The contributing observations with the Liverpool Telescope (LT) were carried out as part of the RoboNet microlensing programme, whose principal investigator, Prof Keith Horne from the University of St Andrews remarks "The flexible scheduling and short response time of robotic telescopes is ideally suited to carrying out a time-critical programme like the search for extra solar planets by microlensing." Apart from the Liverpool telescope, RoboNet exploits two further identical robotic telescopes with a diameter of 2m, the largest of their kind.

The RoboNet microlensing programme is spread over the network by means of intelligent-agent technology built by the eSTAR (e-Science Telescopes for Astronomical Research) Project. Dr Alasdair Allan from the University of Exeter, one of the core developers of eSTAR, explains "Single isolated telescopes are rapidly being integrated into expanding smart telescope networks, spanning continents and responding to transient events in seconds. These time-critical observations can be optimally scheduled across the network using Intelligent Agent technology which negotiates a contract for the observations with the remote telescopes".

The UK microlensing planet hunters are now preparing to boost their capabilities by adopting a fully-automated three-step approach of survey, follow-up, and anomaly monitoring. Enabled by the ARTEMiS (Automated Robotic Terrestrial Exoplanet Microlensing Search) expert system that determines the optimal target to be followed at any given time for any observing site, ground-based observations with a global network of telescopes could not only lead to the first detection of an Earth-mass extra-solar planet, but even of less massive ones.

Dr Dominik concludes: "While most planetary systems around other stars substantially differ from the Solar system, a series of recent detections have brought us closer and closer to home. Sooner rather than later, someone will discover an Earth-mass planet orbiting a star other than the Sun - and it could be us."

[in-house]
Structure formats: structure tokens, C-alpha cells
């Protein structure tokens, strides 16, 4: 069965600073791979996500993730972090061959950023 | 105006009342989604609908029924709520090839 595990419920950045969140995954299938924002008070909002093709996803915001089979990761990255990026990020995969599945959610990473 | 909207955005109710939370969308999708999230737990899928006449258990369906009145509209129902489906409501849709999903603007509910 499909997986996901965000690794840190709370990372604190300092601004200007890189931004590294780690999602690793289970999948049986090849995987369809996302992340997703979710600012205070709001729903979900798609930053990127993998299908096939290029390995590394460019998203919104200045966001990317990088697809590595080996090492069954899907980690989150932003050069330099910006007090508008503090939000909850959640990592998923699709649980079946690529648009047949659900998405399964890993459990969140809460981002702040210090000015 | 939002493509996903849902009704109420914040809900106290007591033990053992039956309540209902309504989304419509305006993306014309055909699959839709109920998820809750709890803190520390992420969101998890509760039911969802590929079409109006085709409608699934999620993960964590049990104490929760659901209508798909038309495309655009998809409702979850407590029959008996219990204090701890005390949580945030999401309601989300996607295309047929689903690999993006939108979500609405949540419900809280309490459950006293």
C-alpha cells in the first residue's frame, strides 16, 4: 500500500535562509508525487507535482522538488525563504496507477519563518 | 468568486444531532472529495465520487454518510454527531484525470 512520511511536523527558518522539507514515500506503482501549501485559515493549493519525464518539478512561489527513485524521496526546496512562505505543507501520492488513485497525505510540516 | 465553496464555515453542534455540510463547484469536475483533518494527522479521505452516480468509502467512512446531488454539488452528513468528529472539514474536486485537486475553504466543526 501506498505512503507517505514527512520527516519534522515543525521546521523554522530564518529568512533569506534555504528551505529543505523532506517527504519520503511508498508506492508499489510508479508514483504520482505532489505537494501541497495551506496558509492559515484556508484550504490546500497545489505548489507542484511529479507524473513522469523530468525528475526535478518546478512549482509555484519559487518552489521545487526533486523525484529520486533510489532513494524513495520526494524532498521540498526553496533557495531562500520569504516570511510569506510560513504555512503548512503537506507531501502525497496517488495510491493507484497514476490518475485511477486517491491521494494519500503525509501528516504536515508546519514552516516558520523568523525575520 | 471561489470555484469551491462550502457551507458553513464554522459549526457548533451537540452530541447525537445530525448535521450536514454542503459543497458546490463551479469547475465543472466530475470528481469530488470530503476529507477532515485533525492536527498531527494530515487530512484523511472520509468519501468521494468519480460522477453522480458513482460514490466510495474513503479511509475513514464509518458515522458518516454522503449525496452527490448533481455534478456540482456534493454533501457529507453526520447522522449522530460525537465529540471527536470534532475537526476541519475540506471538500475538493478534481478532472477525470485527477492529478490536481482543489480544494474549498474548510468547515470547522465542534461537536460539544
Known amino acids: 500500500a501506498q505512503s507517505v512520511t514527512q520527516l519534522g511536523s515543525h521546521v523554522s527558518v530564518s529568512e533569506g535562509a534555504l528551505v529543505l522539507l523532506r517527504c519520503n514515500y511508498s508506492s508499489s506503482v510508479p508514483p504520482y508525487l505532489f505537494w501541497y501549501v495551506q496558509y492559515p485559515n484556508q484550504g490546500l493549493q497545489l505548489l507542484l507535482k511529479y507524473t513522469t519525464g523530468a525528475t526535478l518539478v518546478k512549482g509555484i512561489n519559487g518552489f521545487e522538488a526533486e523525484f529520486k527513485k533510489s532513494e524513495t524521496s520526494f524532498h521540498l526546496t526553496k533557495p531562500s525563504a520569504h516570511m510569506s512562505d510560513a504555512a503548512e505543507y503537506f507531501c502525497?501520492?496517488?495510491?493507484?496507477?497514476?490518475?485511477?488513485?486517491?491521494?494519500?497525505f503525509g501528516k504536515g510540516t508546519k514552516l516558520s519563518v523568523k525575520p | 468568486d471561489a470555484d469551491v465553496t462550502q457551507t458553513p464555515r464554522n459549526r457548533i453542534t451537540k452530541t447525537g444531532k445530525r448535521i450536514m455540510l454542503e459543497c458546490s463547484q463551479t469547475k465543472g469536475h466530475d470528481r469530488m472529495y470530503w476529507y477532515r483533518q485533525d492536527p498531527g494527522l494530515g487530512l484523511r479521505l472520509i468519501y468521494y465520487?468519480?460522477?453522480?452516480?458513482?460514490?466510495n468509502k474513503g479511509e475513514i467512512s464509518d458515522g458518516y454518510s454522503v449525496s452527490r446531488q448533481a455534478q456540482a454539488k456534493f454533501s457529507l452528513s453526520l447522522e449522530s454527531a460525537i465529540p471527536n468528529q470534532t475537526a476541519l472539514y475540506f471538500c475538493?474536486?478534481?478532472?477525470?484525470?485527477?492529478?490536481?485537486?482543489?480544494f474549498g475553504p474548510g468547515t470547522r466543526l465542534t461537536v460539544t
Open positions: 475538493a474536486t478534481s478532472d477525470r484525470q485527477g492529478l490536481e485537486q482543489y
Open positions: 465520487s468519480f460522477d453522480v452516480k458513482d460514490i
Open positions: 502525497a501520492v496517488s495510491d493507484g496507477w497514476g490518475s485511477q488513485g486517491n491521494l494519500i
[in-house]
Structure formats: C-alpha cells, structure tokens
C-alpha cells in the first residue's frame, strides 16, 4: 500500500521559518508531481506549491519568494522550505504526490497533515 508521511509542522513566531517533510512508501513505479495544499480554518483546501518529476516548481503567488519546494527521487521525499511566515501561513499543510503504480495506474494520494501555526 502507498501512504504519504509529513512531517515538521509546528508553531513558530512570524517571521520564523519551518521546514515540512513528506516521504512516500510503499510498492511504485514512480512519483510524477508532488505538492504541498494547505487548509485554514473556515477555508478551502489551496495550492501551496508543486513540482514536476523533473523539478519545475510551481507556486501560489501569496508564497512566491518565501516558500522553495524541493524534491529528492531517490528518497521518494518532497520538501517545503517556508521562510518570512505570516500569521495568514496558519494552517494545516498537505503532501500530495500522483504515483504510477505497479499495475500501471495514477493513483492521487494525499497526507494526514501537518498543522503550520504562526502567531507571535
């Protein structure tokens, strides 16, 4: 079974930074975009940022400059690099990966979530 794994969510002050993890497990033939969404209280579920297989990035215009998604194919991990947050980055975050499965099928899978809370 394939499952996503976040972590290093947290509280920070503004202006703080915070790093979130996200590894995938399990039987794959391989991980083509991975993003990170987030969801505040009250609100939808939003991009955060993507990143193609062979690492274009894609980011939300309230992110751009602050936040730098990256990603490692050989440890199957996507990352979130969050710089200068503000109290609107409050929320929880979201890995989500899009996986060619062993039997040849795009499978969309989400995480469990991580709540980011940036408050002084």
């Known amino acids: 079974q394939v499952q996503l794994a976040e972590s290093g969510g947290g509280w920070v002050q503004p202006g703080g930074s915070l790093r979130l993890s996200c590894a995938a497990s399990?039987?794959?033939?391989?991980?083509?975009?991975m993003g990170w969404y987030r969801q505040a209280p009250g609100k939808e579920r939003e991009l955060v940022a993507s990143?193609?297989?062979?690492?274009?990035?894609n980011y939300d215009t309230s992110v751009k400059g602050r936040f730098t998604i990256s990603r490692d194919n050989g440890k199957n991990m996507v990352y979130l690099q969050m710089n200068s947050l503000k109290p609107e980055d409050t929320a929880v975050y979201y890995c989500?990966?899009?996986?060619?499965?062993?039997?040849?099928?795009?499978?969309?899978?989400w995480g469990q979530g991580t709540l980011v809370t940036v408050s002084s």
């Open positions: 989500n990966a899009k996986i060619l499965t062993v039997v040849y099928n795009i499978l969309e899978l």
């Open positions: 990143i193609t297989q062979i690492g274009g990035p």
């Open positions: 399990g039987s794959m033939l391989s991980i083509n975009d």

Prof Horne adds, "Apart from individual spectacular discoveries, the technique of gravitational microlensing allows us to infer a census of planets within the Milky Way. Once we know that planets similar to Earth are common, it is straightforward to go ahead and find them and eventually to investigate whether they harbour any forms of life."

Timeline of a global discovery

26 March 2006:

28 March 2006:

5 April 2006:

6 April 2006:

8 April 2006:

Summary of Planet Properties

OGLE-2006-BLG-109Lb OGLE-2006-BLG-109Lc Jupiter Saturn
Mass 0.71 Jupiter mass 0.27 Jupiter mass 1 Jupiter mass 0.30 Jupiter mass
Orbital distance from host star 2.3 AU 4.6 AU 5.2 AU 9.6 AU
Orbital period 5 years 14 years 12 Years 30 Years

Where AU = Astronomical Unit, the distance from the Earth to the Sun.

Notes for Editors

Microlensing technique

The foundation of the technique of gravitational microlensing dates back as far as 1912, when Albert Einstein predicted that a star could exhibit a transient brightening caused by the deflection of its light due to the gravitational field of an intervening foreground star, thereby acting as a 'gravitational lens'.

Monitoring hundreds of millions of stars each night for such a rare phenomenon by the Polish-US OGLE (Optical Gravitational Lensing Experiment) and the New Zealand-Japan MOA (Microlensing Observation in Astrophysics) collaborations provides the scientific community with nearly a thousand microlensing events per year, which are alerted in real time.

While microlensing events on stars themselves last about a month, a planet orbiting the (foreground) lens star can create an additional small dip or blip, lasting between several hours and several days, depending on whether the mass of the planet resembles that of Earth or of Jupiter.